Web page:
How to integrate ‘bleisure’ into your corporate policy
3 May 2016 - by Hayley Walls
The bleisure trend (combining business and leisure) is taking South Africa by storm. An increasing number of corporates have indicated they are ready to spice up their business trips with some leisure time.
According to a survey recently conducted by Thompsons Travel among its most loyal corporate clients, more than two-thirds (67%) of respondents have already combined business and leisure trips in the past. And they’ve enjoyed it so much, they’re keen to embark on other bleisure trips in the next three years.
Let’s face it: with so many professionals adopting an ‘always on’ working style — toting their business mobile devices everywhere they go — the blurred lines between business and pleasure just make sense.
Businesses have definitely seen the positive impact bleisure can have on the motivation, satisfaction and productivity of their employees. However, many companies have yet to address the bleisure subject in their travel policies.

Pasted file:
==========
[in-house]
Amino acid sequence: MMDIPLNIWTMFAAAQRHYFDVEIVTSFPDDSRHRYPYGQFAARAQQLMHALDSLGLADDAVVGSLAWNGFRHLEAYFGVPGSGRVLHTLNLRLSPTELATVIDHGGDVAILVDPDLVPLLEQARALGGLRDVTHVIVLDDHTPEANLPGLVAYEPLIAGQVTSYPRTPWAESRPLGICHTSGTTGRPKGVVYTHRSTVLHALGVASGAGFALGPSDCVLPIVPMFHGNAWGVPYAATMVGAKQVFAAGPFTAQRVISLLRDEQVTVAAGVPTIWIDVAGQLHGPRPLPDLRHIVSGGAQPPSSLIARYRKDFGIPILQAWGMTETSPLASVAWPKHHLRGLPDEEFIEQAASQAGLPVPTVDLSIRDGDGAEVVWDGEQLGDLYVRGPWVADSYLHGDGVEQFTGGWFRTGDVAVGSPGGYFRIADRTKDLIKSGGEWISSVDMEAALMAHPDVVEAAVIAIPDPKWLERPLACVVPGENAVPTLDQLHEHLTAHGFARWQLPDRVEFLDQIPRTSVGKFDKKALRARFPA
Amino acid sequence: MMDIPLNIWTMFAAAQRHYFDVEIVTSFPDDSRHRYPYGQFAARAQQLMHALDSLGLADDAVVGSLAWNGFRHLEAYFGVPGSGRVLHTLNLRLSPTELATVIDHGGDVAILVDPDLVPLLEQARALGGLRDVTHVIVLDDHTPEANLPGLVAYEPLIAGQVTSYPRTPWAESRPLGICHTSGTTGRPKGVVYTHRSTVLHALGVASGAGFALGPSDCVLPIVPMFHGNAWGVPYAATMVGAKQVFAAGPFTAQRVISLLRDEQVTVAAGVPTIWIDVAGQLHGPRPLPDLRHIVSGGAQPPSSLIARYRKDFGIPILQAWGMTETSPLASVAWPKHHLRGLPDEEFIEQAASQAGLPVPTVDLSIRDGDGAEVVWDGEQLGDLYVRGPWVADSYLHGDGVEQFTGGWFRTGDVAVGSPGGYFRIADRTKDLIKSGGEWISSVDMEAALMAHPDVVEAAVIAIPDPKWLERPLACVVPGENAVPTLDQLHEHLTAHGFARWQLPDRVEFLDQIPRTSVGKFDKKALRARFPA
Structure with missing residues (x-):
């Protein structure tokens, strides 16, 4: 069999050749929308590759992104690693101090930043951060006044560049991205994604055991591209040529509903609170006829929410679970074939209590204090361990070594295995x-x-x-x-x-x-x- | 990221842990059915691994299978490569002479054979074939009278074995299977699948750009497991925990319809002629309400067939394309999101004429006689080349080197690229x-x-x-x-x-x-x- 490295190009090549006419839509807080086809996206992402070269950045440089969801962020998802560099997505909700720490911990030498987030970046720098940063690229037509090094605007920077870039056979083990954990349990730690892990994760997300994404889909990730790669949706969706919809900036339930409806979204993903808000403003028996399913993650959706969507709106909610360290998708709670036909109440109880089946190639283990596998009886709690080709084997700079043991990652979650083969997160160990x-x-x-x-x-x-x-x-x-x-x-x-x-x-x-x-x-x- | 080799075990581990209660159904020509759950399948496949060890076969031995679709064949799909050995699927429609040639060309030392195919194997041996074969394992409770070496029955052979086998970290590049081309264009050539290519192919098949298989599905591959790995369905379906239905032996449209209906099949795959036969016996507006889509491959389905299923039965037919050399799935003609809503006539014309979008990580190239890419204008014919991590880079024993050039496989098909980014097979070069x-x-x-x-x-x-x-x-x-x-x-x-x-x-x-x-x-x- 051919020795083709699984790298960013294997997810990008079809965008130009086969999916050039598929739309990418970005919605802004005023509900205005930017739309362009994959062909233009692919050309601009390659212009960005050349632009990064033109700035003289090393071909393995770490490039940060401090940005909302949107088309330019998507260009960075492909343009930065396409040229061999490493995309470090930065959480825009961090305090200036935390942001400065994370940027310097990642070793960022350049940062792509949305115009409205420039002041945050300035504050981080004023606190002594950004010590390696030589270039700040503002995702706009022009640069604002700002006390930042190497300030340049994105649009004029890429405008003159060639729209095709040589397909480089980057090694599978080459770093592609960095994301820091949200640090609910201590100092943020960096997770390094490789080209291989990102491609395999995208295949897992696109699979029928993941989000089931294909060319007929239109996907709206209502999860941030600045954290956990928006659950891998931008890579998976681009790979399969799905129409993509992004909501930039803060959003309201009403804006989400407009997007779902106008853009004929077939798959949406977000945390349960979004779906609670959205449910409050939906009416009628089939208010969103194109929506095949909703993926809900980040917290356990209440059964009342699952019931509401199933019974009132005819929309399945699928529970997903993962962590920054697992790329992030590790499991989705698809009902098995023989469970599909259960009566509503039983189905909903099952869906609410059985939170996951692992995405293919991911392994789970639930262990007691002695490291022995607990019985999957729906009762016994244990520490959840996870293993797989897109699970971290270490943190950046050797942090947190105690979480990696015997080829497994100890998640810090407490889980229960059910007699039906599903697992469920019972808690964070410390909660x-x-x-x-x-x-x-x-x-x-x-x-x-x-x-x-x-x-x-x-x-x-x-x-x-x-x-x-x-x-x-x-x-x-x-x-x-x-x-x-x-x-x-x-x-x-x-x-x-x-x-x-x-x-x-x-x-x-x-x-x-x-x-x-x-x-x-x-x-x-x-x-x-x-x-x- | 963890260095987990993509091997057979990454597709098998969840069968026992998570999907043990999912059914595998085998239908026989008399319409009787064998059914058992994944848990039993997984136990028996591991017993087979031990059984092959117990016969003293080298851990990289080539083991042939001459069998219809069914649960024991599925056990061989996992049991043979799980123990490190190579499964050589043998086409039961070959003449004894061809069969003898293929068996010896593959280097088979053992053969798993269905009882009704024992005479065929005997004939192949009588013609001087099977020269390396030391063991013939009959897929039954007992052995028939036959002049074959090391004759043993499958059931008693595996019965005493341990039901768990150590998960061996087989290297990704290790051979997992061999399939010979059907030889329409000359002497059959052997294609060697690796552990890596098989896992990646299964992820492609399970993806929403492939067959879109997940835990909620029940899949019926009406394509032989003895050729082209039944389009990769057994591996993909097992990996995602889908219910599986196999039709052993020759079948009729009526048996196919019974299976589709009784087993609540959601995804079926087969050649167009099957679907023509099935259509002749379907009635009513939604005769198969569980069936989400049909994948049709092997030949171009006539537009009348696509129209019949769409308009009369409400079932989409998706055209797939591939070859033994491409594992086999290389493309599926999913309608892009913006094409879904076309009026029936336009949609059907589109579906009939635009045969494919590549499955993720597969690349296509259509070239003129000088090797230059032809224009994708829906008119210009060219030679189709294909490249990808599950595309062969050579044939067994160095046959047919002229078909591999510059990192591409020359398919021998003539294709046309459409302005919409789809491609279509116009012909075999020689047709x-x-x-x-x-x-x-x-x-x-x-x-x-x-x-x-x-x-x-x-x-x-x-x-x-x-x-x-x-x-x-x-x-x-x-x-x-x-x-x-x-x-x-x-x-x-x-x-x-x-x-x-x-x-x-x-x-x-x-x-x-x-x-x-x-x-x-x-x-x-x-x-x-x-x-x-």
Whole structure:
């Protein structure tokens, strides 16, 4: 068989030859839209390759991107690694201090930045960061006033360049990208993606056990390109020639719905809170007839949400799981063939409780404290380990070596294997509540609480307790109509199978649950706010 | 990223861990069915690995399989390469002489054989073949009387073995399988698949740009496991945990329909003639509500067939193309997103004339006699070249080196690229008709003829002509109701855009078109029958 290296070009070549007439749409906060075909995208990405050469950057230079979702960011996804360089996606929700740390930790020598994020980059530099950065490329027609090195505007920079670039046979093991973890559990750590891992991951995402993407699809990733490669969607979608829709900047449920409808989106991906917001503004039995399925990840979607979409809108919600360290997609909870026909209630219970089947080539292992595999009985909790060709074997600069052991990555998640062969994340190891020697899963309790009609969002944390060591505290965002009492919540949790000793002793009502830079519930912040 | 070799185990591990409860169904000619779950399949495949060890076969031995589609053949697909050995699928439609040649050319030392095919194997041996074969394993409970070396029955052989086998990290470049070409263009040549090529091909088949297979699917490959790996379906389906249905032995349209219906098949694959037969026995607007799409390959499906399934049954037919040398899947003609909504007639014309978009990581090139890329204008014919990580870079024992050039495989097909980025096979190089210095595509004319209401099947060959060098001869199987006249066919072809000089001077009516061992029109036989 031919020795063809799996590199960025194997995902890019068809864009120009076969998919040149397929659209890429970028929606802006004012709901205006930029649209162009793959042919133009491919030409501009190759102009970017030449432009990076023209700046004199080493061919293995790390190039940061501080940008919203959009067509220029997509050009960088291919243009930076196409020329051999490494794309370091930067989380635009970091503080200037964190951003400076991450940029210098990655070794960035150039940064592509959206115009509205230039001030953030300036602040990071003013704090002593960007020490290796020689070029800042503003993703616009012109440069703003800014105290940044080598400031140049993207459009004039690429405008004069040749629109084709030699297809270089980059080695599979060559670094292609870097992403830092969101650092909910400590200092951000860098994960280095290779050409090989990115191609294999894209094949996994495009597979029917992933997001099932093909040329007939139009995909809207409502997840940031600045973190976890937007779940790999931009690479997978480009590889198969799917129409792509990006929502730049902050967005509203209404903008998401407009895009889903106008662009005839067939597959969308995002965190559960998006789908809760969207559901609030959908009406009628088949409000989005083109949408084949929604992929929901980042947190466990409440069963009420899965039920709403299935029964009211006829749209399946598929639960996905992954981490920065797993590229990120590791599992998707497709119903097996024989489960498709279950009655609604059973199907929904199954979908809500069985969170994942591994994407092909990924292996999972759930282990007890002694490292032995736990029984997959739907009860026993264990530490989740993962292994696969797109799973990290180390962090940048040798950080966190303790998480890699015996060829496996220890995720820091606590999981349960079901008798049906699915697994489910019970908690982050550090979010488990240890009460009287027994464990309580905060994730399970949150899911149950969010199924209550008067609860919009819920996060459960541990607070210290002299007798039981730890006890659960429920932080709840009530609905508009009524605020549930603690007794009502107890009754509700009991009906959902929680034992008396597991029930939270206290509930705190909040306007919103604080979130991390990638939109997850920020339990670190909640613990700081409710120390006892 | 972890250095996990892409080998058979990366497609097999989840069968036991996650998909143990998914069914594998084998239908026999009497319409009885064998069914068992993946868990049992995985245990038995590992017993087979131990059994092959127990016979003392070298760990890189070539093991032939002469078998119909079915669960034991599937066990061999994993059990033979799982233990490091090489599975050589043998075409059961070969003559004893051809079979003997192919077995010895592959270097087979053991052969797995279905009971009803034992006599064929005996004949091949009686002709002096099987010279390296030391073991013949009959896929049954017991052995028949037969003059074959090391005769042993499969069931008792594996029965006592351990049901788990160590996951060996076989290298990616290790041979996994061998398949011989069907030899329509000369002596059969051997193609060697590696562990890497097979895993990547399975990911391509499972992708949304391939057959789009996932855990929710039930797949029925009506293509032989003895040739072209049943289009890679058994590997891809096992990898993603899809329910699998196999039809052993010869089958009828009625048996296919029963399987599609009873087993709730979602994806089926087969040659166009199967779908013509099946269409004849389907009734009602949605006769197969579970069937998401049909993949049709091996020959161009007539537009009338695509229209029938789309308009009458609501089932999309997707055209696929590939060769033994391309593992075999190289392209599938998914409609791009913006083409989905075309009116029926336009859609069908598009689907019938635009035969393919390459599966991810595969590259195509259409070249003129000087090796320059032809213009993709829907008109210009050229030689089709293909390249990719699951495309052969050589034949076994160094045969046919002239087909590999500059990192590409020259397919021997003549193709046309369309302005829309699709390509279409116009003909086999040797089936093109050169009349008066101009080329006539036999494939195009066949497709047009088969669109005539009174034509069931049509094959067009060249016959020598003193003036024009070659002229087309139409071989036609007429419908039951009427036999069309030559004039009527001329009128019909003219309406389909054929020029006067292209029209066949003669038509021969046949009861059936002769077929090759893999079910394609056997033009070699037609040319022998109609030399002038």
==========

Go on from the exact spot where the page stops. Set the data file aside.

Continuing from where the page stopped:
There are a few reasons why companies should consider integrating this subject in the corporate policy. Firstly, there’s the prickly issue of who will foot the bill when the employee decides to change into his swimming trunks for a few days on the beach after his meetings are done and dusted.
Although the vast majority of South African corporate staff (83%) say they are happy to pay for their leisure extension out of their own pockets, it’s better to outline all the details clearly in the travel policy to avoid any confusion.
Another important issue to address is travel risk management. Who is ultimately financially and legally responsible when the traveller extends his or her business trip and there is an emergency ‘off the clock’?
According to a recent Collinson study, almost a third (31%) of companies say employees aren't protected during those bleisure days by the company's travel risk policy. It’s a scary thought that employees could be spending added time abroad in the misguided belief that they are protected when they’re not. And therefore, it is important to also address this issue in the corporate travel policy.
How can you include bleisure in your corporate policy? Here are 10 tips to get you started: